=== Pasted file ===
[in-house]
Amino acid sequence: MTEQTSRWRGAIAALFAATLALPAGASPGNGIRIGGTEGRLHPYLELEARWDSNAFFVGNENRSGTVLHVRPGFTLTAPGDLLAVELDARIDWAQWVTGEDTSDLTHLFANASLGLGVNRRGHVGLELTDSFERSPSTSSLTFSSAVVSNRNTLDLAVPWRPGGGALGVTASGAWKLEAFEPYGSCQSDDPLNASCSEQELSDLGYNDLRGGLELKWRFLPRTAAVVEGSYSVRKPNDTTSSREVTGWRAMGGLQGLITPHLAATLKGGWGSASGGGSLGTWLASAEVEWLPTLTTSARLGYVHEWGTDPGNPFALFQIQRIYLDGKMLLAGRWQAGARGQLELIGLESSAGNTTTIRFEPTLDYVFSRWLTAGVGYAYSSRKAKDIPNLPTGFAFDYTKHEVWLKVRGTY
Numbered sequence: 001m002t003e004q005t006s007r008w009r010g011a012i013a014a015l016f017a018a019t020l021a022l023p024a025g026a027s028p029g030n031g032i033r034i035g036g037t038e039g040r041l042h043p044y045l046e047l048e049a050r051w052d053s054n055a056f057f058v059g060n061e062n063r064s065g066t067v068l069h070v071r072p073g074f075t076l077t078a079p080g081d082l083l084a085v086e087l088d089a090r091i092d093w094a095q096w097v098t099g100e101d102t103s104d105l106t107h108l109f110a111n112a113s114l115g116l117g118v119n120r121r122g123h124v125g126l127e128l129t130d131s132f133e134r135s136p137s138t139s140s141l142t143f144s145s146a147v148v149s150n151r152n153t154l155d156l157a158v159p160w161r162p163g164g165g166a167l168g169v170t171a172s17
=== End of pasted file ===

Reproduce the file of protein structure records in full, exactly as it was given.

[in-house]
Amino acid sequence: MTEQTSRWRGAIAALFAATLALPAGASPGNGIRIGGTEGRLHPYLELEARWDSNAFFVGNENRSGTVLHVRPGFTLTAPGDLLAVELDARIDWAQWVTGEDTSDLTHLFANASLGLGVNRRGHVGLELTDSFERSPSTSSLTFSSAVVSNRNTLDLAVPWRPGGGALGVTASGAWKLEAFEPYGSCQSDDPLNASCSEQELSDLGYNDLRGGLELKWRFLPRTAAVVEGSYSVRKPNDTTSSREVTGWRAMGGLQGLITPHLAATLKGGWGSASGGGSLGTWLASAEVEWLPTLTTSARLGYVHEWGTDPGNPFALFQIQRIYLDGKMLLAGRWQAGARGQLELIGLESSAGNTTTIRFEPTLDYVFSRWLTAGVGYAYSSRKAKDIPNLPTGFAFDYTKHEVWLKVRGTY
Numbered sequence: 001m002t003e004q005t006s007r008w009r010g011a012i013a014a015l016f017a018a019t020l021a022l023p024a025g026a027s028p029g030n031g032i033r034i035g036g037t038e039g040r041l042h043p044y045l046e047l048e049a050r051w052d053s054n055a056f057f058v059g060n061e062n063r064s065g066t067v068l069h070v071r072p073g074f075t076l077t078a079p080g081d082l083l084a085v086e087l088d089a090r091i092d093w094a095q096w097v098t099g100e101d102t103s104d105l106t107h108l109f110a111n112a113s114l115g116l117g118v119n120r121r122g123h124v125g126l127e128l129t130d131s132f133e134r135s136p137s138t139s140s141l142t143f144s145s146a147v148v149s150n151r152n153t154l155d156l157a158v159p160w161r162p163g164g165g166a167l168g169v170t171a172s17